1. Last week’s NSA claims number came in -10.5% year-over-year (slight improvement vs the previous week)
  2. The average for the last 12 weeks is claims falling -8.8% year-over-year
  3. Giving exception to a single anomalous data point 3 weeks ago, avg y/y improvement over 12 weeks = -9.7%

Yes, that’s a lot better than your parroting partisan pundit would lead you to believe. It’s also our definition of not only what matters to the employment vs Fed story, but what Mr. Market trades on – the 10yr US Treasury Yield fits NSA rolling claims like a glove.


Oh, and there’s seasonal headwinds in this jobless claims series that become tailwinds in September (that can run through February). Most (other than Mr. Bond and Stock Market) don’t expect to see the jobs picture improve, so it probably will.


One other way to measure the moodiness of it all is the weekly II Bull/Bear Spread:

  1. Last week, Bulls dropped from 51.6 to 47.4%
  2. Last week, Bears rose from 18.5 to 20.6%
  3. Last week, Bull/Bear Spread re-tested its most bearish level since Q2 at 2680 basis points wide

Yep – everyone says everyone is bullish. But they aren’t. Less than 50% are bullish. That’s really bearish. And the last time we saw a 2600bps handle on the Bull/Bear spread was in the 1st week of July. The SP500 proceeded to move from 1631 (our new TREND support) to 1709 within a month.


So, if you are all beared up (on stocks) this morning, just remember that bullish gaiety can quickly become a mid to late month-end move. The profitable bearish mood is in bonds. We’ll see if this morning’s jobless claims print reiterates that. September is coming.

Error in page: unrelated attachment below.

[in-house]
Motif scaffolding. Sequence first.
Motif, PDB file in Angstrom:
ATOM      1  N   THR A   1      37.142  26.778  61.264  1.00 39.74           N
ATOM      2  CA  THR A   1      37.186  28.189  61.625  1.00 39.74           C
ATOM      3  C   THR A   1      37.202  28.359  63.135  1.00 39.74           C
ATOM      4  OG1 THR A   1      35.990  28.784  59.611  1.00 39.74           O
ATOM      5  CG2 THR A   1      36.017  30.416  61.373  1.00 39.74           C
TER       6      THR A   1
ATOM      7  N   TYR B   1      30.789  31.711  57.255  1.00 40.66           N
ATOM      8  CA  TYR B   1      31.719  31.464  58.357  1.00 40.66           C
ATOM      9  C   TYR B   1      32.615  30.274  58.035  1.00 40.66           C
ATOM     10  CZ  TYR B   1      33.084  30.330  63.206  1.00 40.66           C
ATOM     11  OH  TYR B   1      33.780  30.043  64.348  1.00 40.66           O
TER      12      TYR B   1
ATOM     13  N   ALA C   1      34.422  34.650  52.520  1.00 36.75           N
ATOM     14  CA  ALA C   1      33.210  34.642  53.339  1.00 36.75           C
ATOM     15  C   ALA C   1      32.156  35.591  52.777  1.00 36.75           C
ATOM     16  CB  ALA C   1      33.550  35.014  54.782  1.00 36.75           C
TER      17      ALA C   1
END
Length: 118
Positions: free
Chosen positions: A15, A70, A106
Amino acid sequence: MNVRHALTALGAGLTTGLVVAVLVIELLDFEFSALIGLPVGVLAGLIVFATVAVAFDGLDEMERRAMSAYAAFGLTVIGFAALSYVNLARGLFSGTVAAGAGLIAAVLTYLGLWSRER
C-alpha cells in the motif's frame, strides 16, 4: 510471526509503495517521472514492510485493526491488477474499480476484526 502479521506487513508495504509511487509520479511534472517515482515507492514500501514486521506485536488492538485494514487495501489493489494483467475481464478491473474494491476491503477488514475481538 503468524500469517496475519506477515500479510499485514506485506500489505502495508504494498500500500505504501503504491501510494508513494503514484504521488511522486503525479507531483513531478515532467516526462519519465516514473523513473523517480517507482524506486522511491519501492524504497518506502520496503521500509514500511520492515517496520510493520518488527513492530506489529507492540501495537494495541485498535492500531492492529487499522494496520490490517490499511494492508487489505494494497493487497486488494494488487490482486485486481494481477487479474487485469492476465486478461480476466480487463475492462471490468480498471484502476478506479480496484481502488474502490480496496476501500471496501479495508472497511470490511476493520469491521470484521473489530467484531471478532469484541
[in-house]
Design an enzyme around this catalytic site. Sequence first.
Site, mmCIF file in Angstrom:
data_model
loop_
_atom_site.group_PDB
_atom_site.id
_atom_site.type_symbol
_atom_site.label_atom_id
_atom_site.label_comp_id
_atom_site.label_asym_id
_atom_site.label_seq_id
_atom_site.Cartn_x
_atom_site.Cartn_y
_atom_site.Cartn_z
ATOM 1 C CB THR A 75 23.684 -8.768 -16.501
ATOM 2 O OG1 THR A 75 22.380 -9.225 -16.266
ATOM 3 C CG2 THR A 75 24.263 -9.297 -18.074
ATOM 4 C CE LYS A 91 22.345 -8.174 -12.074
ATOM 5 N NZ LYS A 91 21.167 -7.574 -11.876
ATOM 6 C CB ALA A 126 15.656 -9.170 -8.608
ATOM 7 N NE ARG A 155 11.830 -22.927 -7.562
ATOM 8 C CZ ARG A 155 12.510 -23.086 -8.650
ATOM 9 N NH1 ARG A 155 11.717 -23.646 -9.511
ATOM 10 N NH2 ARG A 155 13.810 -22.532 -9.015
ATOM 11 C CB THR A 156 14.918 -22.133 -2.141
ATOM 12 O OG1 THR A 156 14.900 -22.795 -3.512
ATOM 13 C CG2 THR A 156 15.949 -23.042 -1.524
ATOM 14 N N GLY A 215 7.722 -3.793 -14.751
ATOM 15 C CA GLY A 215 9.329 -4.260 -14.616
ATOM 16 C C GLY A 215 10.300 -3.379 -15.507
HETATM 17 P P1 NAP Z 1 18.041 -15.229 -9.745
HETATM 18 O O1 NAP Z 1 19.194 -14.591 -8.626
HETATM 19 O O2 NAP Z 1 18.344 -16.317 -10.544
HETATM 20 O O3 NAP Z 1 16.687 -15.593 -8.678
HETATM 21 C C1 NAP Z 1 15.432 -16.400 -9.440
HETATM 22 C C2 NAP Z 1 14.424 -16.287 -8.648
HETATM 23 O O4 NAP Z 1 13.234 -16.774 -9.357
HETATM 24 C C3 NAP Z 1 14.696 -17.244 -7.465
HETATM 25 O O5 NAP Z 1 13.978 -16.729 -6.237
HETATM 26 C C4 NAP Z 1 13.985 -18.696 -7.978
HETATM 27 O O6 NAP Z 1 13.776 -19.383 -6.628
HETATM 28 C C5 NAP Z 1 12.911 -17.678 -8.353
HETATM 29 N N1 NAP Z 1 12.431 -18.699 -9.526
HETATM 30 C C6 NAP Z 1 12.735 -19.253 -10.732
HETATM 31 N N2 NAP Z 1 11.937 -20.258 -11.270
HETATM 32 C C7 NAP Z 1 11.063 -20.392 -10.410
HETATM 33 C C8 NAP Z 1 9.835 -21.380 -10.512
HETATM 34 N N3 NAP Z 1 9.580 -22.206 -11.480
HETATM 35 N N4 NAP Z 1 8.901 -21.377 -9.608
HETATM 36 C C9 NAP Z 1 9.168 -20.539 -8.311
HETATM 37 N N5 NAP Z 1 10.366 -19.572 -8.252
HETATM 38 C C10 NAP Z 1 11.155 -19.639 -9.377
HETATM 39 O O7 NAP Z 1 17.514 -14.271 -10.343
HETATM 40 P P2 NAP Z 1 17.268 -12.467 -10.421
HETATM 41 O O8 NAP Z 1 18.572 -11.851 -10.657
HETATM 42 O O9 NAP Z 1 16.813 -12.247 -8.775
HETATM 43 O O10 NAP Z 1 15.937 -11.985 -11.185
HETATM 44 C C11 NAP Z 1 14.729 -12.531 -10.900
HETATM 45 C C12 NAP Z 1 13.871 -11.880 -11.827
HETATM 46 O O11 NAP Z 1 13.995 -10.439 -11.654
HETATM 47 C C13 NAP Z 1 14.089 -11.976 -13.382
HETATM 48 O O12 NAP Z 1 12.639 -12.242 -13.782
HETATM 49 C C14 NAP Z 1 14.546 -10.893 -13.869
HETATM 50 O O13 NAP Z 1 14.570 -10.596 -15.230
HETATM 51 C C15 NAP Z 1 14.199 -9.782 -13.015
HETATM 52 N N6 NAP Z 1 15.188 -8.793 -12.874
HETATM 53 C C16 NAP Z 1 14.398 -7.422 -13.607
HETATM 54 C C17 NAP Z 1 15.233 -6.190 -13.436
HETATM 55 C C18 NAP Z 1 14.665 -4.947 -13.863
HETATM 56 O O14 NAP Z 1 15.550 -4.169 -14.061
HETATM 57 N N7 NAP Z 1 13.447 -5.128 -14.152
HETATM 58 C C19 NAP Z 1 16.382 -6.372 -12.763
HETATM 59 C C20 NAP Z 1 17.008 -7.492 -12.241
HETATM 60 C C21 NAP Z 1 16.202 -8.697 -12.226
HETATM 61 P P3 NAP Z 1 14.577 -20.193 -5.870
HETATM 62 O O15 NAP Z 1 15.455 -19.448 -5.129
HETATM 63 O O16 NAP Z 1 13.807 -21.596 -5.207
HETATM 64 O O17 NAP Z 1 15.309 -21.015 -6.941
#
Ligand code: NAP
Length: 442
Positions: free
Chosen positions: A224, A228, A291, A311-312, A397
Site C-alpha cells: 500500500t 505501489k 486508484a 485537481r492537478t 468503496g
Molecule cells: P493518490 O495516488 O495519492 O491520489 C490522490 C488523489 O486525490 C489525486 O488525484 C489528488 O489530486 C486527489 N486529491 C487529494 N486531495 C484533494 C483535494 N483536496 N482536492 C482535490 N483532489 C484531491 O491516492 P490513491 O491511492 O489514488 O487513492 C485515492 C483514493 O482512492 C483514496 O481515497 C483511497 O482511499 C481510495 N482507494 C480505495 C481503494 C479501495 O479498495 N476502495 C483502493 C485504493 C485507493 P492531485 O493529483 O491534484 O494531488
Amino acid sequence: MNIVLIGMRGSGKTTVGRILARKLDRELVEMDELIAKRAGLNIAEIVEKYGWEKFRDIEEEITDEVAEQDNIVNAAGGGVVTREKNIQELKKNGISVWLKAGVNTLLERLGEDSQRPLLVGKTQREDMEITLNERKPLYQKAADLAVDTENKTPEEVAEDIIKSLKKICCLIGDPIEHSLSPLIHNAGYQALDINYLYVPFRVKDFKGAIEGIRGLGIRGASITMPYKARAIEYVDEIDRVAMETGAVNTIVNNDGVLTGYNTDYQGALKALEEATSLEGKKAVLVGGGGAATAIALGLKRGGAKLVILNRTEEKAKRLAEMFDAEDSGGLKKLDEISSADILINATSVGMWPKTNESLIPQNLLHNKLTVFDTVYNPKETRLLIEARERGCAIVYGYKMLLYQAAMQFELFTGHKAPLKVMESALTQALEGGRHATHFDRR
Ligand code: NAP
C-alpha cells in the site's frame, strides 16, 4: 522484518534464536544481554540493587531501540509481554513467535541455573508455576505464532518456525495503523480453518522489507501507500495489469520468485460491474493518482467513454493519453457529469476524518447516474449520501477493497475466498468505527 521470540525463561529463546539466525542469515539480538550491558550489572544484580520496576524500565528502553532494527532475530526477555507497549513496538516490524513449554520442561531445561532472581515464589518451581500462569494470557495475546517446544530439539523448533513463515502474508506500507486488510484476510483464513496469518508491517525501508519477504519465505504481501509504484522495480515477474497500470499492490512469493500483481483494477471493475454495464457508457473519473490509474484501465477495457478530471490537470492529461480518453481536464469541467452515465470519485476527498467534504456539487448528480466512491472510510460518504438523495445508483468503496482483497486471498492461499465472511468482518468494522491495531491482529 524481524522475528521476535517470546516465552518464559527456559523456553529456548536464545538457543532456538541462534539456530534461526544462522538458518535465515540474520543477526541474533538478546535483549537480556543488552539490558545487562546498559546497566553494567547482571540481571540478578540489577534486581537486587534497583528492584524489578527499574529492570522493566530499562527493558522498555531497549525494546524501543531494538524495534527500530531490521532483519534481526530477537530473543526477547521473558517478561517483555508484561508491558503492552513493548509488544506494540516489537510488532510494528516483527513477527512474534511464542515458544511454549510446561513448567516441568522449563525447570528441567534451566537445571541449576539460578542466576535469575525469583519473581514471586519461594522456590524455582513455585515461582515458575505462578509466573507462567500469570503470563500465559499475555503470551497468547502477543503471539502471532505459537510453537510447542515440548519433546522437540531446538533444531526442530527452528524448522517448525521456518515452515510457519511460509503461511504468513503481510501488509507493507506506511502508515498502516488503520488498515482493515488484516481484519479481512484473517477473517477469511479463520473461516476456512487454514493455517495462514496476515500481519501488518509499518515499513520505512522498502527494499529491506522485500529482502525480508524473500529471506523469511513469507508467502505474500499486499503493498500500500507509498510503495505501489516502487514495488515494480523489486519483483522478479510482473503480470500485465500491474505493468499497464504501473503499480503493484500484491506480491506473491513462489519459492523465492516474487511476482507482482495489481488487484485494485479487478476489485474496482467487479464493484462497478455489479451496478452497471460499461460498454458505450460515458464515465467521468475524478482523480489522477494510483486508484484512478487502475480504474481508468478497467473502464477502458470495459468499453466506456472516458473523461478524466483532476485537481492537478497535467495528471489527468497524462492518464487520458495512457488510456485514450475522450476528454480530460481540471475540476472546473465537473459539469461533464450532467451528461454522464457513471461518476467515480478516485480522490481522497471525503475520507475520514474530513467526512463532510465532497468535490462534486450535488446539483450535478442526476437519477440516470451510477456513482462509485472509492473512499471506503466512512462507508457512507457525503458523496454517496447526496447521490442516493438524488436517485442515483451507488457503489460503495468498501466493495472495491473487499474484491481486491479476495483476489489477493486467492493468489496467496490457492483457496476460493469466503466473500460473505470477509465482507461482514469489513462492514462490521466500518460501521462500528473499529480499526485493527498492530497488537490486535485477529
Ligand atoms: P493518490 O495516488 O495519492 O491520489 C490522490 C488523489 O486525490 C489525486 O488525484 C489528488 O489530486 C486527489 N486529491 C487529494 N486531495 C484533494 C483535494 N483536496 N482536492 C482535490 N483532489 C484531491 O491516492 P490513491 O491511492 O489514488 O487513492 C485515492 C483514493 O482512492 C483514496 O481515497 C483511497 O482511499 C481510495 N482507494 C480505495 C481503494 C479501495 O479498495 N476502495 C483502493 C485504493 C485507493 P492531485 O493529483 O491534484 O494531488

UST 10yr 2.64-2.75%

SPX 1682-1712

VIX 11.62-13.71

USD 80.94-82.02

Yen 97.37-99.45

Brent 108.11-111.49


Best of luck out there today,



Keith R. McCullough
Chief Executive Officer


Moody Markets - Claims 080813


Moody Markets - Virtual Portfolio

August 29, 2013

August 29, 2013 - dtr



August 29, 2013 - 10 yr

August 29, 2013 - spx

August 29, 2013 - dax

August 29, 2013 - dxy

August 29, 2013 - euro

 August 29, 2013 - oil



August 29, 2013 - eem

August 29, 2013 - vix

August 29, 2013 - yen

August 29, 2013 - nat gas
August 29, 2013 - gold

August 29, 2013 - copper

Early Look

daily macro intelligence

Relied upon by big institutional and individual investors across the world, this granular morning newsletter distills the latest and most vital market developments and insures that you are always in the know.

Textbook Bounce

Client Talking Points


Witness the textbook bounce off our first line of support (immediate-term TRADE support is 2.69%) as the 10-year makes yet another higher-low. Both the US currency and growth side of the US stock market like that this morning. Gold? Not so much. We re-shorted Gold for the first time since July 12th on Tuesday. We also re-shorted TLT there too. The Queen Mary has turned.


One of the biggest risk management questions in my notebook was whether or not the US Dollar Index would hold its higher-lows versus the June lows. It did. And it’s having a good morning again here vs the Yen too (USD/YEN held 96.59 TREND support). If these FX levels hold, some of the recent counter TREND commodity reflation pressure should abate. That would be a good thing for growth.